Most women who have used a public, workplace or school restroom likely will affirm that pamphlets on sexual and domestic violence, like sinks and paper towel dispensers, are familiar wall fixtures.

St. Thomas senior Kylee Joosten, 21, noticed, and subsequently she felt compelled to explore the subject by adding male victims to the equation. A sociology major, she took her observation one step further in a summer research project, “Analyzing the Use of Heterosexual Perpetration Tactics in Sexually Coercive Undergraduates.”

“Last year I asked my male friends if they had information on sexual assault in men’s restrooms on campus, and they said they did not (though now they do),” she said. “We have a social perception that women are always the victims and men are always the perpetrators in sexual assaults. So I wanted to look at sexual coercion perpetration among both men and women.”

She also spent one month gathering background information and discovered that most research focused on male or female sexual coercion, but rarely did she find comparative studies of tactics employed by both genders in coercing unwilling partners to have sex.

Dr. Lisa Waldner

Joosten analyzed a data set provided by her project adviser, Dr. Lisa Waldner, Sociology and Criminal Justice Department, who conducted a survey on “intimate relationship issues” at an urban, southwestern U.S. university. Waldner’s sample size consisted of 411 heterosexual undergraduates (265 females, 146 males) with an average age of 26.35 years.

“Very little sexual coercion research has examined the attitudes and experiences of those who actually pressure their partners,” Waldner said. Finding a link between those who see themselves as controlling and their own self-report of initiating unwanted sexual contact is interesting and deserves more investigation.”

In Joosten’s study, which was funded by a Young Scholars Grant from St. Thomas’ Grants and Research Office, she defined sexual coercion as “the use of either physical or verbal tactics to force or persuade an unwilling person into performing sexual acts to which they would not have otherwise consented.”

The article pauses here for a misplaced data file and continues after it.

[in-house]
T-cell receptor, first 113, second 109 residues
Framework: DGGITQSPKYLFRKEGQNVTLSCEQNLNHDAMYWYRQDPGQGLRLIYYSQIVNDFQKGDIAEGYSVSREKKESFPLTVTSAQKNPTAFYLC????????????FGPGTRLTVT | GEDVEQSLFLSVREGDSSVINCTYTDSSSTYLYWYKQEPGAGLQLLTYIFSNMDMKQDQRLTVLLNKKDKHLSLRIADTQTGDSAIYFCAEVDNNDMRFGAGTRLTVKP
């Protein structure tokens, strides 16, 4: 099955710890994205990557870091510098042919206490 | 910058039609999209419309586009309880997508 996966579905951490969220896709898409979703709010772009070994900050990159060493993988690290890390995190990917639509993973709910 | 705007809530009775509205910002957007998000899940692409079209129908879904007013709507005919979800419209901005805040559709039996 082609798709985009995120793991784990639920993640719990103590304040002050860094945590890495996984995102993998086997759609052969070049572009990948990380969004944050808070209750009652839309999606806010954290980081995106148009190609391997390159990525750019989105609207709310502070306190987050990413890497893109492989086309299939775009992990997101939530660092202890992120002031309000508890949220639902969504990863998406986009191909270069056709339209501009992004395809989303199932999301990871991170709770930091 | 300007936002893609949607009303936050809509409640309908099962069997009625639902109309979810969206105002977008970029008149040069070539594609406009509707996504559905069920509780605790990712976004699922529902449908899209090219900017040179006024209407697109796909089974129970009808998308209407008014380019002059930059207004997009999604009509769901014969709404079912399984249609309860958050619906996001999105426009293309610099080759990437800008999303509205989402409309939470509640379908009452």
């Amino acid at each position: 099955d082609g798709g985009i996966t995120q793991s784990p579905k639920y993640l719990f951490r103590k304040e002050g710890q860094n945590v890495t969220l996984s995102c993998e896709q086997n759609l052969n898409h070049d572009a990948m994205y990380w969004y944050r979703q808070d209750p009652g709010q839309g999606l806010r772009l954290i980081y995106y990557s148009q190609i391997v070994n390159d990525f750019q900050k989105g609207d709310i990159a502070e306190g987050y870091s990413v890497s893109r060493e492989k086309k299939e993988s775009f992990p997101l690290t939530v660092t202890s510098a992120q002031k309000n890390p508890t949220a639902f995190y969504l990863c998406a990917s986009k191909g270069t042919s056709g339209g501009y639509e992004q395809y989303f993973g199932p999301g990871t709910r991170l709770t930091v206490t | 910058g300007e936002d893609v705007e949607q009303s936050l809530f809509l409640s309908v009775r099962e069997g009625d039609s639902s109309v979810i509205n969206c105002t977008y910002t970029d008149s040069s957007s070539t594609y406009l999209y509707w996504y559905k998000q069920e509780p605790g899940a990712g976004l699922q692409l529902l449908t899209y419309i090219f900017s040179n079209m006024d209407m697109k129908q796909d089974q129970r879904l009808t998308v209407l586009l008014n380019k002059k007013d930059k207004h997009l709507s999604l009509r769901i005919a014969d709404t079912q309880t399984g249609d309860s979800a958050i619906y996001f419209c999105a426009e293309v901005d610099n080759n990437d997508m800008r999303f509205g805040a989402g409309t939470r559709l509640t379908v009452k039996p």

She defined a perpetrator of sexual coercion as “any respondent who reported using one of the 14 listed tactics (intoxication, threats to stop seeing, making date feel guilty, persistent begging, threatening to tell lies, telling lies, threatening to blackmail, detaining one’s date, attempting to spark interest by touching, making false promises, physical restraint, using or threatening to use a weapon, threatening to use force and using physical force) to coerce a partner into an unwanted sexual act.”

Here are some of the highlights of Joosten’s study of Waldner’s survey:

  • The majority of instances did not result in sexual intercourse; rather, the most common perpetration tactics used were milder tactics, such as verbal pressure, and not physical force.
  • There were significant gender differences in five of the 14 sexual coercion tactics: telling lies (males: 12.6 percent vs. females: 5.2 percent), making false promises (males 7.8 percent vs. females: 2.6 percent), attempting to interest a partner through touching (males: 39.9 percent vs. females: 22.7), persistent begging (males: 23 percent vs. females: 10 percent) and the intoxication of the partner (males: 12.6 percent vs. females: 4.3 percent).
  • Women scored higher, albeit marginally, than men in one just of the 14 tactics: “threatening to use force” (3.5 percent vs. 3.2 percent).
  • Nearly 40 percent of the study subjects reported using at least one of the 14 tactics; the outcomes ranged from kissing to fondling to intercourse.

In her analysis, Joosten focused on four items, scored from mild to severe:

  • Gender Ideology, which measures participants’ agreement or disagreement with statements relating to traditional gender roles (i.e., “A true man knows how to command others.) This item was shown to have an insignificant effect on whether respondents reported perpetrating sexual coercion.
  • The Interpersonal Control Scale, which assesses participants’ perceived control over a romantic partner. Respondents with higher (more severe) scores were found to be significantly more likely to report perpetrating sexual coercion and were statistically more likely to report intoxicating a partner with alcohol or drugs, making false promises and telling lies.
  • The Alcohol Expectancy scale, which assesses participants’ perception of how alcohol affects their behavior. This item also was shown to have an insignificant effect on whether respondents reported perpetrating sexual coercion.
  • The Sexual Coercion Inventory, in which participants are asked to indicate the most extreme sexual behavior they had with an intimate partner after they coerced that partner into sexual activity – consisting of kissing, fondling and intercourse. Participants who responded “yes” to at least one of the 14 coercion tactics were categorized as a perpetrator.

Editor’s note: Kylee Joosten’s research was funded in part by a Young Scholars grant.

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